In the sponsors’ area of FAR’s Crops 2020 event companies were promoting their latest products which, in Corteva’s case, was novel cereal fungicide Questar.

“It’s a completely new mode of action,” R&D manager Bernard Harris told visitors.

Harris said it had market-leading activity against septoria and was best used as a protectant, partnered with a stacked DMI (triazole) such as Kestrel. A mix was best used in sequence with an SDHI mix at a later or earlier timing.

The active ingredient, fenpicoxamid, was a natural product made by fermentation of soil-borne Streptomyces bacteria and was the first of a new class of fungicides called picolinamides. As such it had a key role to play in resistance management, providing an alternative to SDHI fungicides.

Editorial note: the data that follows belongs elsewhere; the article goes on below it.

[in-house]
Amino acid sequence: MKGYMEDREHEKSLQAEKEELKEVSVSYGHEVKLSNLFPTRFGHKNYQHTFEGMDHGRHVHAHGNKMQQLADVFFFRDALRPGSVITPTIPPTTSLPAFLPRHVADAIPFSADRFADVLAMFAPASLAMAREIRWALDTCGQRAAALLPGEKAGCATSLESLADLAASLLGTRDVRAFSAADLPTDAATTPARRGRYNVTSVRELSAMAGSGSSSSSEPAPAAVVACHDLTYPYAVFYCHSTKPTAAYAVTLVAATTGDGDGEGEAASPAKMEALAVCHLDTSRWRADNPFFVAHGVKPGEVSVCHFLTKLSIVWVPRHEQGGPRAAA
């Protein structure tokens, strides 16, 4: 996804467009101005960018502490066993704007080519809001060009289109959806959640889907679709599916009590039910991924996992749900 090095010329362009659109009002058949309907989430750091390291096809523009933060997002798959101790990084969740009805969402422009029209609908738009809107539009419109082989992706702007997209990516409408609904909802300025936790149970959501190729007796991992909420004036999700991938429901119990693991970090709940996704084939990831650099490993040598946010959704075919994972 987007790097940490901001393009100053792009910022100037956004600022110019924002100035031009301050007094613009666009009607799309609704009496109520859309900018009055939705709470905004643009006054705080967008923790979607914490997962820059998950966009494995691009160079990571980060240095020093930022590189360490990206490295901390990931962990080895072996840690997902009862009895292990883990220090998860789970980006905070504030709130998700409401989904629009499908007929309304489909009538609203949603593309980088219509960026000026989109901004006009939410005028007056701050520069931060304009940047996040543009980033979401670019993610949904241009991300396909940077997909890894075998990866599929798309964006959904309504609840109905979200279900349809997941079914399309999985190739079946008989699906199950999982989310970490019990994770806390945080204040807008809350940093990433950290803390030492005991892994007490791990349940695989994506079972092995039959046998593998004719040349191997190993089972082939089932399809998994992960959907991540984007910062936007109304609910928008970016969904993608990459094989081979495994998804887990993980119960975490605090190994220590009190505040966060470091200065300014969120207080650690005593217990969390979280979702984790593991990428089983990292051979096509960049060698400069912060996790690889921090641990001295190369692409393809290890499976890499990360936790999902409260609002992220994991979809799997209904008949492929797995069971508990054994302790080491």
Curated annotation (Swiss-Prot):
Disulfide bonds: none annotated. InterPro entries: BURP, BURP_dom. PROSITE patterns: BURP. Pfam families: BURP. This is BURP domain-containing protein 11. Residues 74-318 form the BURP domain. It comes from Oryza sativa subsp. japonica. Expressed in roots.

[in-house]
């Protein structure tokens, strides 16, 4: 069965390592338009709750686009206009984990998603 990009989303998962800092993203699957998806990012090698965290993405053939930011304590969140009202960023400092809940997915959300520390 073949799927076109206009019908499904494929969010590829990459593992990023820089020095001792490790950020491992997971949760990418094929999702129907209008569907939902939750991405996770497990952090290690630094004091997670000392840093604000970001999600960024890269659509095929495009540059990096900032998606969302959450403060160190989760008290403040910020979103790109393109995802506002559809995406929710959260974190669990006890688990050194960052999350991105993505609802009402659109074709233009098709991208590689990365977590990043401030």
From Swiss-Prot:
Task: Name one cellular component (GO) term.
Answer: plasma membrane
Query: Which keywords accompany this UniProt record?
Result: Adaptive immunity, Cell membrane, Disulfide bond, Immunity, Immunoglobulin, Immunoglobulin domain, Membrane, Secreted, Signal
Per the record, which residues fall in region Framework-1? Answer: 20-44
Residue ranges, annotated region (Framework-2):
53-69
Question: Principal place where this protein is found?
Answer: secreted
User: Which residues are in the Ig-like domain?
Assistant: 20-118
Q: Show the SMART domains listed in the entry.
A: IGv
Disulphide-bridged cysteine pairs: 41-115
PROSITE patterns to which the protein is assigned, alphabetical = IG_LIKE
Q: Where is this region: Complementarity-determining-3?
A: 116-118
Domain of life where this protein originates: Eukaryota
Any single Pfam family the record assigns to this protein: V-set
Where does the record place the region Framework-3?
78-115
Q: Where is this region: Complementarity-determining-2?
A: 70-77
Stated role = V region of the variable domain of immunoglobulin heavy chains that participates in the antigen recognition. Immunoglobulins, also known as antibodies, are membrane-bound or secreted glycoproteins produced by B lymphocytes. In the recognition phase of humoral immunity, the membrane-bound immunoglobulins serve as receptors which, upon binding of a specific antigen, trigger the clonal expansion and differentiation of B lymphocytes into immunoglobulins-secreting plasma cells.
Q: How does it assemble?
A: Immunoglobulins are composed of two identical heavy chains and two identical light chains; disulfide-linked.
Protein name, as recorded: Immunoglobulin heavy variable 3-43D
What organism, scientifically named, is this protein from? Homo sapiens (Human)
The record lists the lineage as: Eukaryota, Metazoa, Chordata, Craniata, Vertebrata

“Resistance to SDHI’s has developed quickly overseas,” he said.

Corteva says there’s a moderate to high risk of cereal diseases becoming resistant to picolinamides hence why Questar should be tank-mixed with another fungicide with an alternative mode of action.

The Questar label stresses tank mixes must be used immediately with constant agitation. Harris said Questar is compatible with most plant growth regulators and broad-leaved herbicides.